A Briton who has lived and worked legally in America for 35 years, married a US citizen and raised three children there, has been locked up in a New Jersey jail after falling victim to a draconian immigration crackdown prompted by the Sept 11 2001 terror attacks.
Paul Clements, 58, a permanent US resident and former tour manager for bands such as the Rolling Stones and Dire Straits, is threatened with expulsion from his adopted homeland after his passport and green card were confiscated following a work trip abroad.
He now spends his days in a khaki prison jumpsuit as his case works its way through the US legal system and his wife and teenage daughter were reduced to tears when they saw him chained and in handcuffs in a recent court appearance.
"I was brought up to believe my country practised the rule of law and I'm just stunned that Clem is being treated like this," said his American wife Robin Schwartz, 59 a wedding photographer, at the family home in the quiet New Jersey commuter town of Sparta last week.
"If it wasn't so upsetting, it would be like something out of Monty Python. When I visit him, it's just like the movies. We are separated by flexiglass and have to shout through slats to talk to each other. It's soul-destroying."
The turmoil in their lives has its roots in a night out with friends at a local pub in 2002. On the way home, Mr Clements, a manager at a large events production company, was arrested on suspicion of drink driving and police found a third of a joint of marijuana in his car.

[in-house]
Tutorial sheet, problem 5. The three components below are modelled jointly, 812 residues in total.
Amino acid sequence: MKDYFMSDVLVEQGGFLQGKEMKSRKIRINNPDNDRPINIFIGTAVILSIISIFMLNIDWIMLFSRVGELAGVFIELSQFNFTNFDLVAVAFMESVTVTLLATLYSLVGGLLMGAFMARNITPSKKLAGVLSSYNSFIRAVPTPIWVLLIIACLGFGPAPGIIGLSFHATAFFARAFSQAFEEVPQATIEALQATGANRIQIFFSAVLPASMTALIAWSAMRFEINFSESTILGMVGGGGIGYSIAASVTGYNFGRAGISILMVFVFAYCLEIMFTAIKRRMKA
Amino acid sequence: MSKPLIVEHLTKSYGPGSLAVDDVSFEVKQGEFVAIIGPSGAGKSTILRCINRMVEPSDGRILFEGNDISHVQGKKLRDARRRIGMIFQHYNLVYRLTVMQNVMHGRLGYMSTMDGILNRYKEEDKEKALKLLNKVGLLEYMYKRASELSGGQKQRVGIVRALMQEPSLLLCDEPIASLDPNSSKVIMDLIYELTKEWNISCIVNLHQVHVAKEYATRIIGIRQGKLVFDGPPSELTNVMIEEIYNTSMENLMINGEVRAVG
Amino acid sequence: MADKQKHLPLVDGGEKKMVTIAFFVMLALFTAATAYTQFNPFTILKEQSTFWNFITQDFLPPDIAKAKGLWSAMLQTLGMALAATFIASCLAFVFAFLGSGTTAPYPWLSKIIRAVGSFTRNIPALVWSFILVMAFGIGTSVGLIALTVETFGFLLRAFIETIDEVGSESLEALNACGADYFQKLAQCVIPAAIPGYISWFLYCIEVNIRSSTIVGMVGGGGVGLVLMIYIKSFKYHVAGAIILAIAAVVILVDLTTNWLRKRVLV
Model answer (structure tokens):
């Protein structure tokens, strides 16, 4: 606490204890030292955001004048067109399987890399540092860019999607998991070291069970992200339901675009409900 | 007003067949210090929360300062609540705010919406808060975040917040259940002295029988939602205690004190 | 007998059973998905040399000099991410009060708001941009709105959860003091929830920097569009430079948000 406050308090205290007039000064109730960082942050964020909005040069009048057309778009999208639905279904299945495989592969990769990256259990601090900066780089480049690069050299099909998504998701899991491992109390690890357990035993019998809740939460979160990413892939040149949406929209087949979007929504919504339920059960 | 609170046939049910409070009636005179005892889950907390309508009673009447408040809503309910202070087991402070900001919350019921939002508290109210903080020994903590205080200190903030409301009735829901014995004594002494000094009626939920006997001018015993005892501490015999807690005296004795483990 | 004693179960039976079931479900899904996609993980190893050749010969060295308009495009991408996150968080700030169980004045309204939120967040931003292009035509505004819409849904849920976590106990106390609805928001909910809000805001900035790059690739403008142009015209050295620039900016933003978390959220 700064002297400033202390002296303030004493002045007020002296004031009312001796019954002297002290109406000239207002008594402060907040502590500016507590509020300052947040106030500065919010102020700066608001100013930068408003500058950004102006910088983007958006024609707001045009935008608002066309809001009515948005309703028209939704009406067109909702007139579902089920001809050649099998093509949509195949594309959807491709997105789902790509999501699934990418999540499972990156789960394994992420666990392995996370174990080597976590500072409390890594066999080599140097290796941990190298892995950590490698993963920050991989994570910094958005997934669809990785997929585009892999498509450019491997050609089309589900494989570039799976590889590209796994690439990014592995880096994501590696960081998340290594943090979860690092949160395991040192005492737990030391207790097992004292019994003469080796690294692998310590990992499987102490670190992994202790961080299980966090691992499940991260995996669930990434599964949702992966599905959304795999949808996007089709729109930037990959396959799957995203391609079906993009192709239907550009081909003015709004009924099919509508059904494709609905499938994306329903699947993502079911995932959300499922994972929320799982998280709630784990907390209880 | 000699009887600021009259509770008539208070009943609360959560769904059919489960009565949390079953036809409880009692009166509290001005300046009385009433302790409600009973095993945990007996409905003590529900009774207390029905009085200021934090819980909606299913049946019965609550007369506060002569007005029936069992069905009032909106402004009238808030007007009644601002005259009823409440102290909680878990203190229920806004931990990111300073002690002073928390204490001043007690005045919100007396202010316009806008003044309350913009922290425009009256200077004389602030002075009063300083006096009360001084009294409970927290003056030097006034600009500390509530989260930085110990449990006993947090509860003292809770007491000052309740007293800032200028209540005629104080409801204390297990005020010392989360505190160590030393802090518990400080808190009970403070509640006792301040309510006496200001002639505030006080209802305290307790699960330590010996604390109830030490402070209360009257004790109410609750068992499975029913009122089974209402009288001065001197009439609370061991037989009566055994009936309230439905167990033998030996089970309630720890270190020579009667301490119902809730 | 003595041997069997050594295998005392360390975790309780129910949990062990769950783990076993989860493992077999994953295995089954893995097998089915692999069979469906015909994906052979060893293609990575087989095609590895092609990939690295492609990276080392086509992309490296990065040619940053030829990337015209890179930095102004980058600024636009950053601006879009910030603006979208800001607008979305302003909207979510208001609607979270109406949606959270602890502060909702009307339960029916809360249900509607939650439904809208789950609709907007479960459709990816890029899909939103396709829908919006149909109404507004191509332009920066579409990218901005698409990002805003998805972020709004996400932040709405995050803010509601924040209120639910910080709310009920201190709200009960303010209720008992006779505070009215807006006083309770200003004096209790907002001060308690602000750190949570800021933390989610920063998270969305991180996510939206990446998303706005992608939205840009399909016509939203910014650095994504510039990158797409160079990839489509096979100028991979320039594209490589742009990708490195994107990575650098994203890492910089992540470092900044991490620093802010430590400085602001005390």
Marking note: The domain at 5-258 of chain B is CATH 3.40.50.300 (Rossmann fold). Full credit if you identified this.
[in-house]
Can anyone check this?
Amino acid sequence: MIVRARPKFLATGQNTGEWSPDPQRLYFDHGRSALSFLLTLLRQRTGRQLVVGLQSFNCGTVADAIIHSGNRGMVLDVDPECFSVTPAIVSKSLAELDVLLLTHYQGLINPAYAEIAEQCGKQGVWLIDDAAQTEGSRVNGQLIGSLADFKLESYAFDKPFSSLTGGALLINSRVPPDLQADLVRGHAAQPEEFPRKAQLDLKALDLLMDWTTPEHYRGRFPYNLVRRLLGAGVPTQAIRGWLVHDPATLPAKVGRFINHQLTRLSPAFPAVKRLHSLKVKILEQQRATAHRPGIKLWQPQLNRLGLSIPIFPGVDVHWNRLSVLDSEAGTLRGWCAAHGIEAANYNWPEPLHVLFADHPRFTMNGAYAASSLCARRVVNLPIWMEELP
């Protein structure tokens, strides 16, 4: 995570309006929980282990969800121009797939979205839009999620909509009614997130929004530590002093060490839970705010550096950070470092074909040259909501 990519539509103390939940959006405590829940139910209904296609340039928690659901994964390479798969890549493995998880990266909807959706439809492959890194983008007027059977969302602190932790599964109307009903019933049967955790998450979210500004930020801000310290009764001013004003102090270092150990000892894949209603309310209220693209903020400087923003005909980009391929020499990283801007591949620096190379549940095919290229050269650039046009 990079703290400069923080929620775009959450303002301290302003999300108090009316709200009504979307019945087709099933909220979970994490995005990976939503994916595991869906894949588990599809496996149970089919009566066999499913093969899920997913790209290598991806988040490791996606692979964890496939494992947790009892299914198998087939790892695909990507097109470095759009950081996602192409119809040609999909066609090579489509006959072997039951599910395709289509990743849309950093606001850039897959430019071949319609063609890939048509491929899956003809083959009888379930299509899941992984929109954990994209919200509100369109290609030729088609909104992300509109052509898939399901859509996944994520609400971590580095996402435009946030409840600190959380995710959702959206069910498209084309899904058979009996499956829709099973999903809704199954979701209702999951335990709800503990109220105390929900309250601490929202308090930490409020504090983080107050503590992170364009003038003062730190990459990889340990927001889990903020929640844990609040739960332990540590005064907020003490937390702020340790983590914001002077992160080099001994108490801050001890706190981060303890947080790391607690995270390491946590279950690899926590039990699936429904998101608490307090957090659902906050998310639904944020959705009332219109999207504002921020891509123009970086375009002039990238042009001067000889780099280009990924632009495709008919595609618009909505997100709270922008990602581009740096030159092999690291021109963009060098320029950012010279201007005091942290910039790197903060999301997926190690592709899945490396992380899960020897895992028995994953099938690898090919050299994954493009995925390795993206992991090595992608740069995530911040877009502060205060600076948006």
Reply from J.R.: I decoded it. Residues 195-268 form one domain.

He was fined, put on a year's probation and ordered to attend drug information classes as punishment for possession of 0.8 grams of marijuana, an amount so small that the authorities would not prosecute in many American cities, including neighbouring New York.
The offence did not leave him subject to the threat of deportation and he thought no more of the incident, even as he flew in and out of the country on subsequent trips overseas. But in late-May, he was held for several hours at New York's Kennedy airport as he arrived home from a work trip to Italy.
For the Department of Homeland Security, the mammoth and powerful government agency created to defend America after the al Qaeda terrorist atrocities in 2001, has been updating its computer records to include thousands of offences committed by foreign residents (known as "aliens" in official US parlance).
And although Mr Clements could not be deported for his offence, any conviction for controlled substance is cause for immigration authorities to refuse an arriving alient entry to the US.
He was eventually allowed into the country but ordered to return to the airport for what is known as a "deferred inspection". On the second such trip, on Nov 12, he was arrested, handcuffed and taken away to an immigration jail in New Jersey.
"I just could not believe this was happening to me," Mr Clements told The Sunday Telegraph in a collect call from prison. "I made a mistake and paid my penalty for the offence in 2002. I pay my taxes here, I own a house here, I have a good job here and I've raised a family and put my kids through college here.